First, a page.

About three and a half hours west of New Orleans, there’s a town — Mossville, Louisiana. It’s a predominantly African-American town. It’s been that way since the 1790s.

The town is still tiny. There are only about 800 people at its core. But it’s no longer a farm town. Fields were replaced with houses and chemical plants. Fourteen plants now surround the small community.

Decades after the first chemical companies moved in, Mossville residents are convinced that these plants are making them sick.

“People are suffering from health problems directly associated with some of the chemicals that are released from these plants,” said Dorothy Felix.

Felix has lived in Mossville most of her life. Her hometown has long served as a refuge for blacks who weren’t welcome in other communities.

“We were here before these plants came and we were here because this was a Afro-American community and we didn’t have anywhere that we could go. We had to go somewhere were we felt safe and away from all the racial problems that were going on. This was the place for us. Now they’re forcing us to leave.”

Residents are forced to leave, some say, because staying would make them sick. Spend some time with Mossville residents and you’ll quickly find that everyone has a cousin, neighbor, sibling or parent with cancer or respiratory illness.

WATCH EPA ADMINISTRATOR LISA JACKSON RESPOND TO THIS REPORT
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Delma Bennett and his family have lived in Mossville for decades. He took theGrio on a tour of his neighborhood.

“We have three times the amount of dioxin in our bodies in comparison to the rest of the communities in America,” he said.

Dioxin is a carcinogen released by nearby plants that do everything from produce vinyl to refine chemicals. For many in the Mossville community, all this pollution is a case of environmental racism.

This month, the Inter-American Commission on Human Rights announced it would hear the complaints these residents raised against the federal government. The commission is part of the Organization of American States and aims to protect against human rights violations. After a hearing, they’ll decide whether or not to recommend sanctions against the United States.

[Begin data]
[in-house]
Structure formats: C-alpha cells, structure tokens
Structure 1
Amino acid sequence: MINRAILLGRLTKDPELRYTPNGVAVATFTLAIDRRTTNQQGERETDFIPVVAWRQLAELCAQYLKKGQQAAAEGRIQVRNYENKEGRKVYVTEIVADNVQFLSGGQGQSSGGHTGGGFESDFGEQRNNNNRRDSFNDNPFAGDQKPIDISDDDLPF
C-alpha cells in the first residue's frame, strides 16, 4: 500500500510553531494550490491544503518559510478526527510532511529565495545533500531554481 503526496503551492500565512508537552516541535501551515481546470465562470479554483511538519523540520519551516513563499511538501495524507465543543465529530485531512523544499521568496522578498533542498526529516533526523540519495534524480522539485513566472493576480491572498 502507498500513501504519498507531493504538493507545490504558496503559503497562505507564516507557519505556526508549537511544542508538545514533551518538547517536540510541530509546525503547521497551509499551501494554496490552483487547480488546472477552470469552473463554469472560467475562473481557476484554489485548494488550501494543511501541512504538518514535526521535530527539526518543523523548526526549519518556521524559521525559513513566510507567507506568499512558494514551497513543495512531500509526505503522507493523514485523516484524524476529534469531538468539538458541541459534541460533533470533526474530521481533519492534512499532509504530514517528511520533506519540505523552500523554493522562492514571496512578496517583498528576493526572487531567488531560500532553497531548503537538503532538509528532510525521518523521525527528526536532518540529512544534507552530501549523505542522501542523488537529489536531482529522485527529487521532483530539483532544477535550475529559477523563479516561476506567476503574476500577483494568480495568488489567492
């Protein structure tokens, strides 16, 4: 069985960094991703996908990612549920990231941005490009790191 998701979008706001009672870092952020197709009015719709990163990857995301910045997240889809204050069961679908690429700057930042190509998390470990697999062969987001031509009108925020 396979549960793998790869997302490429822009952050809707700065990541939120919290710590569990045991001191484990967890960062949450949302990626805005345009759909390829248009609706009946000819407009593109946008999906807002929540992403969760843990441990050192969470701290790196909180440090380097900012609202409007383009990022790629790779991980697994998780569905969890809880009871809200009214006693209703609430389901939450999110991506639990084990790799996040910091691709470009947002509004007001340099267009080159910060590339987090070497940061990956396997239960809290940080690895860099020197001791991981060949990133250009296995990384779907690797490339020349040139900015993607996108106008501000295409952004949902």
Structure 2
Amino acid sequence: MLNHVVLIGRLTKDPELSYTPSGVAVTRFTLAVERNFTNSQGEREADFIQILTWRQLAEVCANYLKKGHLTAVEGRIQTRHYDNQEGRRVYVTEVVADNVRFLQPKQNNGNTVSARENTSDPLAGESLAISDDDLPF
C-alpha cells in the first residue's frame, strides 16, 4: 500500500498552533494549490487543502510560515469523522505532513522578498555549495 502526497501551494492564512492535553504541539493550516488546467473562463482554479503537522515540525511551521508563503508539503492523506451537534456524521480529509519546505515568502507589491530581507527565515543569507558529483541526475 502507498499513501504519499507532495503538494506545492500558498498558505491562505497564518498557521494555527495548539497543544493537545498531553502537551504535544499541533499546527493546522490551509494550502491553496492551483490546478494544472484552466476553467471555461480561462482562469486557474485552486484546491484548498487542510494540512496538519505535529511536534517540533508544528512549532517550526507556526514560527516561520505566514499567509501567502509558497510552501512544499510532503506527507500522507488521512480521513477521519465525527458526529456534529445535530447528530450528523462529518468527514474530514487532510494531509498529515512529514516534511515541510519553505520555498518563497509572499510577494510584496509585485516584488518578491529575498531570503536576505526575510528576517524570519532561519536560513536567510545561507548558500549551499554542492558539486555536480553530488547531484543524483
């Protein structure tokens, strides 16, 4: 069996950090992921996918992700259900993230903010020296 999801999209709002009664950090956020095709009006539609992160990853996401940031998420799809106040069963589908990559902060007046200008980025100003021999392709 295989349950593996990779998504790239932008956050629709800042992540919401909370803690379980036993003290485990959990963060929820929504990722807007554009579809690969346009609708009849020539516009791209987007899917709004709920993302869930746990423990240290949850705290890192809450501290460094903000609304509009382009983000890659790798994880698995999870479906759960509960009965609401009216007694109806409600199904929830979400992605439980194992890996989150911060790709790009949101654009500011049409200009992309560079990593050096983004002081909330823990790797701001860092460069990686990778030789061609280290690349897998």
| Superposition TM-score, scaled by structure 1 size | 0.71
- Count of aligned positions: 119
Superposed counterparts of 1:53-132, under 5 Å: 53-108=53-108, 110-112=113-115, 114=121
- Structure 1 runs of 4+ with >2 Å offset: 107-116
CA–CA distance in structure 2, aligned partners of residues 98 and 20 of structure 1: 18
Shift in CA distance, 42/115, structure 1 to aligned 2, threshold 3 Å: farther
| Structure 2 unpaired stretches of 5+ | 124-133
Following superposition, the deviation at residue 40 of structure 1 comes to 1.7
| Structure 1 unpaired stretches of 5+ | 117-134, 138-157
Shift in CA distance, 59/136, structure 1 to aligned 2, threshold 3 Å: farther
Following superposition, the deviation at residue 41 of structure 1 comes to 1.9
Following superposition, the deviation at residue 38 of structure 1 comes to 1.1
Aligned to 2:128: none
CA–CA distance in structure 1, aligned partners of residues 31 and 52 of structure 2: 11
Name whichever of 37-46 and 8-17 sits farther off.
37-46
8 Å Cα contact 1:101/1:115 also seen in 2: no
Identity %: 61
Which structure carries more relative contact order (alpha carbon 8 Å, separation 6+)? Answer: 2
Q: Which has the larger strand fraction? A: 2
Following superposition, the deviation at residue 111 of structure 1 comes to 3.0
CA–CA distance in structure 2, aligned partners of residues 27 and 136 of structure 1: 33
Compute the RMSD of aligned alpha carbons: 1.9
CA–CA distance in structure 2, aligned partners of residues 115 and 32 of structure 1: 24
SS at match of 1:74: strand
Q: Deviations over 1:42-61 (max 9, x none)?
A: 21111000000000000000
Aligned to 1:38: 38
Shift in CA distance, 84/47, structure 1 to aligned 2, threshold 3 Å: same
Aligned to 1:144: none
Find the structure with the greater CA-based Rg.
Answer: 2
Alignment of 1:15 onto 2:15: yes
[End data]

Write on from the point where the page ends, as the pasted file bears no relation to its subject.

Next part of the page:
“That you have this racial disparity of these people of color getting the short end of the stick, that’s a human rights violation and that’s racism,” said environmental lawyer Monique Harden. “The pollution in the air and in the environment and in the soil is having an effect on the health of the residents.”

This battle for the health of the community is something these residents have been fighting for decades, but after so many years, some see no other choice but to leave town.

All throughout Mossville there are remnants of empty driveways. They are plots of land where houses once stood. Now they’re taken over by brush because testing showed the land was toxic.

And then there’s Jasmine Dellafosse. She’s the niece of Delma Bennett. She’s 16 years old and is living with mesenchymal chondrosarcoma.

It’s a cancer of the jawbone and she says her battle with the disease has been horrible. Before she was diagnosed, Jasmine was a three-sport athlete — playing basketball, softball and volleyball. Now, she just wants to return to her normal routine. When she does, it will be in an entirely new place. Shortly after her diagnosis, her family, who has called Mossville home for generations, decided the best thing to do for Jasmine was to move out of the town.

Cancer experts say that when you find concentrations of cancer in one community, it’s hard to pinpoint the origin of the disease, but the large number of cancers in a town like Mossville may be the result of contamination that comes from a shared resource, like air or water.

Local plants deny any involvement in endangering the health of Mossville residents. Also, the Environmental Protection Agency has not found any of the companies guilty of regulatory violations.

One plant, Conoco-Phillips, released a statement saying, “Conoco-Phillips is committed to complying with all the regulations and permit requirements wherever we operate. We focus on safe, reliable and environmentally responsible operations.”

Representatives from the other chemical companies did not respond or declined to comment.

Today, the EPA is evaluating Mossville for Superfund status. It’s a label given to the most heavily polluted areas in the U.S.

Samuel Coleman of the EPA said, “They [Mossville residents] have a right to be concerned. They have a right to express those concerns. They have a right to have those concerns addressed by those of us in government.”

For the EPA, the question at hand is whether the toxins in the Mossville air, soil and water can be directly linked to the plants in the area. Superfund status would open up funding for residents that many hope will meet the needs of the town.

“They want relocation for residents that must leave because of health [concerns]. [They want] accessible heath care, reduction of pollution and a change in how the government permits industries in the area.” Harden said of the Mossville residents she has worked with for years.

These are goals Harden and others believe are within reach — and they are the goals that many will keep fighting for in Mossville, even if they are only realized for future generations.